Let it never be said Samizdata does not listen to its public. I am sure the sainted editors would prefer me to add at this point that we reserve the right, however, to listen carelessly and ignore your views if it suits us. Be that as it may, I was at the Adam Smith Institute’s Tax Freedom Day celebrations this evening, and one of our readers, having said some very complimentary things, made a rather brilliant suggestion that I am now going to steal.
Inflation, we are told, is at a long-term low, because of that nice Mr Brown’s prudence. My friend points out however, that part of Mr Brown’s prudence has been prudently to exclude from many of his more interesting taxation devices, the items forming the Retail Price Index. He proposes a new index, of all those items whose prices the Chancellor controls because their consumer price is largely duty, or because they are practical necessities for most people whose price is directly set by the government. The latter are excluded from RPI by definition and the (plausible) suggestion is that such prices have risen very fast indeed.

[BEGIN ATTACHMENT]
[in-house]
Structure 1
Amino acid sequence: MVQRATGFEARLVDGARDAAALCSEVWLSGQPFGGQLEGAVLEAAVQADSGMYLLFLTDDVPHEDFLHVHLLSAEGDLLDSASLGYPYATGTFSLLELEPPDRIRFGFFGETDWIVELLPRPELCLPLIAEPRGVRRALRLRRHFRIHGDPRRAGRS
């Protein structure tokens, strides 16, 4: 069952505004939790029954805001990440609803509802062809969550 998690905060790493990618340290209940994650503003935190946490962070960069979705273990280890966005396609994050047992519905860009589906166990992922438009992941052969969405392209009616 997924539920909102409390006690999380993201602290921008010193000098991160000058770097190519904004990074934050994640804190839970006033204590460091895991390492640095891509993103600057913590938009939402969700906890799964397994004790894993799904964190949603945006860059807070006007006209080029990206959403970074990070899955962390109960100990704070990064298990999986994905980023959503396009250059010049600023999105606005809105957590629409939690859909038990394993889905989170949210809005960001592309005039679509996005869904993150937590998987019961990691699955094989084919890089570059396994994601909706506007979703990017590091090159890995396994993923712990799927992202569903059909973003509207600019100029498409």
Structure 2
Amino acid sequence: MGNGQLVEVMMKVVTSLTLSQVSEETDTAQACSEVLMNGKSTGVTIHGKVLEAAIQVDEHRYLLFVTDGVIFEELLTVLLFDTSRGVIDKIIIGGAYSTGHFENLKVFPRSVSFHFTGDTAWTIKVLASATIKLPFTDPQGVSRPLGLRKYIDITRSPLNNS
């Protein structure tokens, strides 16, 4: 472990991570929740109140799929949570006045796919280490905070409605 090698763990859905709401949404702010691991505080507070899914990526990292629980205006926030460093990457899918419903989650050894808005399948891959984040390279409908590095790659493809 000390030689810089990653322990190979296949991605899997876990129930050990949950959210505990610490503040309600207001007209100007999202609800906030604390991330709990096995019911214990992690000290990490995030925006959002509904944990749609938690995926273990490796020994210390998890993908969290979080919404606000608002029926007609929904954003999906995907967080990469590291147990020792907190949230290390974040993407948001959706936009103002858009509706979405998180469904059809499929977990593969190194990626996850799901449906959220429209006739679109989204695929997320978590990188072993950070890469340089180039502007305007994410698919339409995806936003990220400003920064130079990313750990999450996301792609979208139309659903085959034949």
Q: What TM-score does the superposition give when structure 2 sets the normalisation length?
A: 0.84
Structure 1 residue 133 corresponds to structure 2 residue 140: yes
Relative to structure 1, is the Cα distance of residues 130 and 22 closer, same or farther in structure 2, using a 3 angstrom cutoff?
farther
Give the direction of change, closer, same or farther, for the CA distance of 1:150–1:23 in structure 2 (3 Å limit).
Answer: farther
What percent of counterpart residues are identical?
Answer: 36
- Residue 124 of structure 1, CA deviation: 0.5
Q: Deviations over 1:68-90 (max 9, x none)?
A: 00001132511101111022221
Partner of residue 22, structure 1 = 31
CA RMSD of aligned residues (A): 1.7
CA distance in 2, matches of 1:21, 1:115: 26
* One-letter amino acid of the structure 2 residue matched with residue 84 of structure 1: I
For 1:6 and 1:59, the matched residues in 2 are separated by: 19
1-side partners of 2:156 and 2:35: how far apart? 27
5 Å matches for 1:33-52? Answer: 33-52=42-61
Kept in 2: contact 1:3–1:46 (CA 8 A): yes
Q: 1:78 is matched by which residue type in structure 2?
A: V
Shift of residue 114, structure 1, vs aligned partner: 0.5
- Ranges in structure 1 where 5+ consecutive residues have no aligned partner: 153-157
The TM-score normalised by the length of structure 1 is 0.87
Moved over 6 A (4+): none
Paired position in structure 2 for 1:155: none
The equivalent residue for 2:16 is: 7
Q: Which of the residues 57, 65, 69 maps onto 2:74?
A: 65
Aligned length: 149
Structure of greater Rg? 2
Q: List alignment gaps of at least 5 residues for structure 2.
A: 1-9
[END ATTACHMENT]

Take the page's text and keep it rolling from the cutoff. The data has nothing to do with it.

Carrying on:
The Gordon Adjusted Price (“GAP”) index would explain where your money goes, and why so many people find their pockets emptier despite notionally higher incomes and low inflation. It might make visible some of those hidden taxes. I have a hunch that the cost of living is actually falling in Britain, but the cost of government more than takes up the slack. Is it true? The GAP might provide a measure.